Your examiner can not like something in your thesis. Maybe they don’t get it. Maybe they believe there was a better approach, or a different way to understand something. They’re allowed to have a different opinion; if they share it with you, you can respond.
Perhaps you’re certain you’re right; maybe you’re sure they’re wrong; possibly your pride is wounded. You could feel you have to say something. And you can.
That doesn’t mean you have to. Ask yourself:
- Is this a big deal?
- Are they asking for significant corrections?
- Are they saying there’s a problem?
- Why are they saying what they’re saying?
The last question is particularly important to answer. If you don’t know why they think something then you can’t be sure that you can adequately respond to them. You need to know what’s at the root of their comments before you can push against them.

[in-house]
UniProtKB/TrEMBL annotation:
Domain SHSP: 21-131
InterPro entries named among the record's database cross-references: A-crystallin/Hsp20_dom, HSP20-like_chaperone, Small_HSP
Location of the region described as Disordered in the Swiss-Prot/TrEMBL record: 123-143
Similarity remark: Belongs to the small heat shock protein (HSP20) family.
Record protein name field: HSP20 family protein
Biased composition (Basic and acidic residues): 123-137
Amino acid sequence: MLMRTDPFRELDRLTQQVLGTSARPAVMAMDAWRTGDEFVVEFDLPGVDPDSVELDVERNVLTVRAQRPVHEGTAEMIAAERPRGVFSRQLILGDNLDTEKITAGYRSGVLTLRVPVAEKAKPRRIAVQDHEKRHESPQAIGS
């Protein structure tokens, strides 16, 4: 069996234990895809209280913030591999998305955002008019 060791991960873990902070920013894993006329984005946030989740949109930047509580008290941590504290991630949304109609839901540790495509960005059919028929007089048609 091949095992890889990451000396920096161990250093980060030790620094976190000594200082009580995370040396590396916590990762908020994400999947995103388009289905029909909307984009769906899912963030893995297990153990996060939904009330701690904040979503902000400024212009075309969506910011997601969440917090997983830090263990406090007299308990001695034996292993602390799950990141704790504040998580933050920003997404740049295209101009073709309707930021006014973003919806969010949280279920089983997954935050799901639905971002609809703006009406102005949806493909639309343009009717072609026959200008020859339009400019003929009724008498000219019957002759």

Again, that’s if you feel you really need to. You probably need to acknowledge a critical comment; you don’t necessarily have to spend much time replying to it.
What did they say? How do you feel? Why? Why have they said that? How do you feel about that? What do you need to say? Why?